by Ellen Mehling, Career Development Consultant, METRO
We recently discussed how to decide to leave your current job. At some point in your career, you’ll find yourself facing the opposite decision, too, perhaps because you decided to leave a former position: whether or not to accept a job offer. Some of the same factors should be taken into consideration as when you’re deciding to resign, but there are additional components to consider, too.
First, be really honest with yourself throughout your decision-making, and make sure your choice comes from your own needs and preferences and not anyone else’s.
You can consult others and seek their advice (in fact, that is recommended), but remember that your advisors won’t be suffering the consequences if you make the wrong decision. While it is best to avoid making big decisions in a hurry, in most cases you will only have a couple of days or maybe a week from the initial offer, through negotiations, and to a “yes” or “no” from you to the employer.
Even if the offer sounds at first like it is just what you want, always ask for a few days to think it over, and then use that time to examine every aspect of the offer. Don’t say “yes” just because of a salary that makes you smile or because you have been unemployed or underemployed and at last you’ve been offered the full-time position you have wanted for a while.
Some things to consider:
- Is the job description clear? Is it what you want to do, what you enjoy doing, and what you are good at? When you think of where you want to be in five years, or ten years, is this job keeping you on the road to that goal?
It happens to the best of us. You did not get the promotion you wanted and think you deserved. This hurts, it is frustrating, but it is not a career ender. You can choose to mope and get angry, or you can learn from this experience by taking a look at yourself and the situation to figure out the reason you were skipped over.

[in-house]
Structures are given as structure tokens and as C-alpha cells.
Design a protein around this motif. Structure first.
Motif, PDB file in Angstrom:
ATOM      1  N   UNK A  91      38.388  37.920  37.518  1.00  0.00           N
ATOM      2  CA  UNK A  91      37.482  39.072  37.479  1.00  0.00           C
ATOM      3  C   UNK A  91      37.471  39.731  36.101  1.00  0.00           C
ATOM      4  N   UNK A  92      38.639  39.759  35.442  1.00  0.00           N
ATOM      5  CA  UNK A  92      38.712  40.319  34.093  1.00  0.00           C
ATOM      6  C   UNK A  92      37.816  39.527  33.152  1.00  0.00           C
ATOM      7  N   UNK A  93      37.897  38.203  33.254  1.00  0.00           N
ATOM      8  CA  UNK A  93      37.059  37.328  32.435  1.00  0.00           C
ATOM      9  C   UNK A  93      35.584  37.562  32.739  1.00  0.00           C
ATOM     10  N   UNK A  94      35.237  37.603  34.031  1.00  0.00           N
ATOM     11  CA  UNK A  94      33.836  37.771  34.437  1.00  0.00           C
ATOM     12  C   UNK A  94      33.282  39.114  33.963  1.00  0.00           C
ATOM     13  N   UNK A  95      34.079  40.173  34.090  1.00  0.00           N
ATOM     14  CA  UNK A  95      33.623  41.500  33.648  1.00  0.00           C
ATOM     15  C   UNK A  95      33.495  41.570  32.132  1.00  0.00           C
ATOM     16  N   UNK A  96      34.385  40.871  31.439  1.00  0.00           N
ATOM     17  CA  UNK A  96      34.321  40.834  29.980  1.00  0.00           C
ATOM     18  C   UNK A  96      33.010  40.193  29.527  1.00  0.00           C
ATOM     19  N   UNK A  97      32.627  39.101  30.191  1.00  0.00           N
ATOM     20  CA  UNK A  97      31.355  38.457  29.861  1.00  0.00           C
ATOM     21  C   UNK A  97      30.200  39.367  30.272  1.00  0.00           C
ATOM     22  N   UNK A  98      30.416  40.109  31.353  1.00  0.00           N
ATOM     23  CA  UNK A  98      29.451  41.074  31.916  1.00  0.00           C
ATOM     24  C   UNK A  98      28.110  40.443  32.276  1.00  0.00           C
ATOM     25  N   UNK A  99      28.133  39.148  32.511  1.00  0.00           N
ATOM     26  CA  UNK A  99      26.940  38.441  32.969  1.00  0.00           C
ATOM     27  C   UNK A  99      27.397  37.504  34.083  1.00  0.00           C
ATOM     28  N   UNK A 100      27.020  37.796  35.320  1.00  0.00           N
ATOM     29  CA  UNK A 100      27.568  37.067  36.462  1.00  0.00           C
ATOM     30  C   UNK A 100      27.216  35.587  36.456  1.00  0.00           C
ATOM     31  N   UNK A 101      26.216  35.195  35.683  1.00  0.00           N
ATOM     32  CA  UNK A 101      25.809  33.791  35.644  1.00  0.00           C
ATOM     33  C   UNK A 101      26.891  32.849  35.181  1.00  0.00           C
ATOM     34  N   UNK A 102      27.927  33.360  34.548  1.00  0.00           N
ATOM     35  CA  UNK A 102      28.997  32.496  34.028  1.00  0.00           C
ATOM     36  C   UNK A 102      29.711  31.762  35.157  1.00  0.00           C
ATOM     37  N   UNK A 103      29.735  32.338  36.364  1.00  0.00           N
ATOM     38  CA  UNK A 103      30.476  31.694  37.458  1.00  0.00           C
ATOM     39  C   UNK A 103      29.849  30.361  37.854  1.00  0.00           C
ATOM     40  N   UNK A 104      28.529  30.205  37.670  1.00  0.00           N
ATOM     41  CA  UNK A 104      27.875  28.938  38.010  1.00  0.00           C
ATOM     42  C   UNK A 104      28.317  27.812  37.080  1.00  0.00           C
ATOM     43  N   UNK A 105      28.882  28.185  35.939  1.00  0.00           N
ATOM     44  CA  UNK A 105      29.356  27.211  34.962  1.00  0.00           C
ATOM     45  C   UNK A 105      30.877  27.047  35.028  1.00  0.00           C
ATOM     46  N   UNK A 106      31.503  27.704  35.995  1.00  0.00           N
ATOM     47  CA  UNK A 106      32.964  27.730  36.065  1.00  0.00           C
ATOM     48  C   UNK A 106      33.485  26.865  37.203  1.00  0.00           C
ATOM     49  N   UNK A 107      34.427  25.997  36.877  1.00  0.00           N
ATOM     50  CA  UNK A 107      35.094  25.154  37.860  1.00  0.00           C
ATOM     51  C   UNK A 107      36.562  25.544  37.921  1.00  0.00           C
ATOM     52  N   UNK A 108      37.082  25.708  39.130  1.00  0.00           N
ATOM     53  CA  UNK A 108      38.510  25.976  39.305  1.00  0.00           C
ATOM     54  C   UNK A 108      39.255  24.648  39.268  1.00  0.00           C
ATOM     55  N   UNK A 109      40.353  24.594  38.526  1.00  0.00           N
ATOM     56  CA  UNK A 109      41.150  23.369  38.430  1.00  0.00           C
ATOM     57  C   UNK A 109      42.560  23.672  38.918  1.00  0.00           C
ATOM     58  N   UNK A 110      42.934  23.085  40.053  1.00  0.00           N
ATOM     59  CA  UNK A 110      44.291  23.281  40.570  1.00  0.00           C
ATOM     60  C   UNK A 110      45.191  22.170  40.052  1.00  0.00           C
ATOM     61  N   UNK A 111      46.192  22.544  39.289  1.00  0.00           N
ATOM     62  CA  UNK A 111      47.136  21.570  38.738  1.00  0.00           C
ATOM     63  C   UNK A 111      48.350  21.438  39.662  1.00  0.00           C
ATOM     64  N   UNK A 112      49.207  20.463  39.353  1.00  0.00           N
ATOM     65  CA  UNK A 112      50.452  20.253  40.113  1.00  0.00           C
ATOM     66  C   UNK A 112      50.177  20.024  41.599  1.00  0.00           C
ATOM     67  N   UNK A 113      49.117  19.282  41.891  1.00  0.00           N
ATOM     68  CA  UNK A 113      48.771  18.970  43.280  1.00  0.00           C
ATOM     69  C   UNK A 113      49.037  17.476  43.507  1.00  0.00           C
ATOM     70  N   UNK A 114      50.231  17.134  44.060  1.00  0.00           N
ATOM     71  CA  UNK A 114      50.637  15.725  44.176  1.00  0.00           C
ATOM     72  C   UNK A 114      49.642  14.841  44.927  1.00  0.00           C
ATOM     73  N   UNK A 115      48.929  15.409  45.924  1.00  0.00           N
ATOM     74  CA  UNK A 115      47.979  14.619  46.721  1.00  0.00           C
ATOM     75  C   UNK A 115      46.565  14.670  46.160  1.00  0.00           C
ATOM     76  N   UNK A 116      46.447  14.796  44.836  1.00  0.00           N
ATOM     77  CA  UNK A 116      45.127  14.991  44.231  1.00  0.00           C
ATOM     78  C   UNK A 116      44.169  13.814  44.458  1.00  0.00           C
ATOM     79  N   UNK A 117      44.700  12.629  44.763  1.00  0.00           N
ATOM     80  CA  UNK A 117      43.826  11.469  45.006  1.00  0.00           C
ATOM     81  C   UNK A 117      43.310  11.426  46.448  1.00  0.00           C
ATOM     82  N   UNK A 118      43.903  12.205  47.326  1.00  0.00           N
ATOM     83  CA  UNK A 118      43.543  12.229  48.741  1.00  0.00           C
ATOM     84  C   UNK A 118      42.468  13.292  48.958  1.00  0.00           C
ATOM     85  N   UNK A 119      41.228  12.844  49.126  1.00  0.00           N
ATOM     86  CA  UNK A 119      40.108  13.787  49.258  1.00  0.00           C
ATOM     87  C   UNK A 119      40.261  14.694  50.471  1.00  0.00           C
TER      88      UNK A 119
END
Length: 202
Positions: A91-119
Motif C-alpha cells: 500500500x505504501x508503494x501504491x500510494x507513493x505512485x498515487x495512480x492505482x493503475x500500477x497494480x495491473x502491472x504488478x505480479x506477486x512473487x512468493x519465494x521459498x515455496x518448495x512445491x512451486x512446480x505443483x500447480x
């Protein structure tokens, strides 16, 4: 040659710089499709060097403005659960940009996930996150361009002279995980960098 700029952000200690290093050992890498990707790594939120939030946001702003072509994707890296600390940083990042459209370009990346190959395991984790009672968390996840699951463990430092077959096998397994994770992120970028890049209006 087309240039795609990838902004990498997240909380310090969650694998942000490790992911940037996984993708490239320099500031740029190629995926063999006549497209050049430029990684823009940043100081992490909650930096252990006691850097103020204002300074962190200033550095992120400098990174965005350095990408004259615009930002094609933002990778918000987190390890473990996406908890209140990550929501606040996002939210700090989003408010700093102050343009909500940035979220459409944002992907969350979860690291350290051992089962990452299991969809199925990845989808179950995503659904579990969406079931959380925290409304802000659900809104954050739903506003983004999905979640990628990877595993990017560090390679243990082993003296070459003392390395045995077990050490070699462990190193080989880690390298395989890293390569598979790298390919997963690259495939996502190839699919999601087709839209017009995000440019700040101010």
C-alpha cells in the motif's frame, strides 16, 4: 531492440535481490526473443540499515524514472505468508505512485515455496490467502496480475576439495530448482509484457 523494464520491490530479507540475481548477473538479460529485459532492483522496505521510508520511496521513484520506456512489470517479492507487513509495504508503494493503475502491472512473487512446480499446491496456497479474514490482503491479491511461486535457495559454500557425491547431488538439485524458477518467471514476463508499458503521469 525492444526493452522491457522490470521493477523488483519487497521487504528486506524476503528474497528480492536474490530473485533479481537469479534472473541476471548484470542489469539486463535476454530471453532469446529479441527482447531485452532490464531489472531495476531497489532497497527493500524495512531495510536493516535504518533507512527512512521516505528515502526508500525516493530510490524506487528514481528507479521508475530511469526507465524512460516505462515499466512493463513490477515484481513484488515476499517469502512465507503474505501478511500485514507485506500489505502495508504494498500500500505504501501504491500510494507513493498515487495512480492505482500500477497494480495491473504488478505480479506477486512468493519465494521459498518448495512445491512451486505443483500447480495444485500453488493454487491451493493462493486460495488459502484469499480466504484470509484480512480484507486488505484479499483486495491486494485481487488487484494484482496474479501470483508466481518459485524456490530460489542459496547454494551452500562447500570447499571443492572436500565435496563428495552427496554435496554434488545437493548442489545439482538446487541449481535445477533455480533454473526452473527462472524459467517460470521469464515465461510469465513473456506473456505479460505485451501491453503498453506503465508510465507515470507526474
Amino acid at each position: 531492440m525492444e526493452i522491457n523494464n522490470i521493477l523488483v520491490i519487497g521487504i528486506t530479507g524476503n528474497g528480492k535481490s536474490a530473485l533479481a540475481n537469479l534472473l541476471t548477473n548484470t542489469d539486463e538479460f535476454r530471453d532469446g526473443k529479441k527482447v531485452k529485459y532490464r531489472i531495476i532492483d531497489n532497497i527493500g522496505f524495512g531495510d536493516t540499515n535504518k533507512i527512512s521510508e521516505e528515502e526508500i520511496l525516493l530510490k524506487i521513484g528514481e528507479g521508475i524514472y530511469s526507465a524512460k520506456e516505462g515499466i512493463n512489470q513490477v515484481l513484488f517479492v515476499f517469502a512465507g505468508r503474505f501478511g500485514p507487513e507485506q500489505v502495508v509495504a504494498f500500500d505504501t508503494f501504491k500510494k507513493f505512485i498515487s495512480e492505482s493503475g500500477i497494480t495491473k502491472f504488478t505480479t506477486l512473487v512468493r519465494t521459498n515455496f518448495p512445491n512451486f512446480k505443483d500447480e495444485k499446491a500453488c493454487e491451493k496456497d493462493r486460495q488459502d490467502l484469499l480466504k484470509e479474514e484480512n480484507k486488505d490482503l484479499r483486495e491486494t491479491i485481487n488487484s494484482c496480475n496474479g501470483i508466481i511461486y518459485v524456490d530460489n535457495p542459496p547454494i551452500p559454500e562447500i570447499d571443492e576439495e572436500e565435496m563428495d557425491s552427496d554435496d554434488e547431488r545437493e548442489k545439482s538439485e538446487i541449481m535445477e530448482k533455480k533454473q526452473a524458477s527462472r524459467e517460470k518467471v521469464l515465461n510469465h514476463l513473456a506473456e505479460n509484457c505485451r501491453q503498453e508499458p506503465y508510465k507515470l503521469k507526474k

Here are three common reasons even the most talented, qualified professionals can’t get a promotion. Read more….
If your concept of networking is going to a cocktail party and exchanging a stack of business cards with strangers you’re not actually interested in, then you’re doing it wrong.
Building meaningful connections with smart, talented people across industries and job functions can lead to valuable client relationships, future job offers, and greater influence.
In the graphic below, we’ve gathered some tips from master networkers like Wharton professor Adam Grant, Influencers founder Jon Levy, and Women’s Success Coaching founder Bonnie Marcus.
Whether you’re an introvert or extrovert, these proven tactics will help you connect with anyone.
Ask a Special Librarian – May Edition (Part 2 of 2)
Tracy Z. Maleeff
Library Resources Manager at Duane Morris LLP in Philadelphia
@LibrarySherpa & LibrarySherpa.com
Law Library Assistant – University of Connecticut
@joshualaporte & https://www.youtube.com/user/JoshuaLaPorte
It’s a banner month for all you INALJ.com readers. You get not one but two editions of “Ask a Special Librarian!” The reason for this special occasion is to introduce you all to my future co-columnist. Beginning next month, Josh LaPorte will be fielding your questions and writing about special librarian concerns. We will be both collaborating on posts as well as taking turns. This change will bring a different perspective for you readers and allow for us to get more creative with this column. It’s a win-win and we thank you for coming along on this journey with us.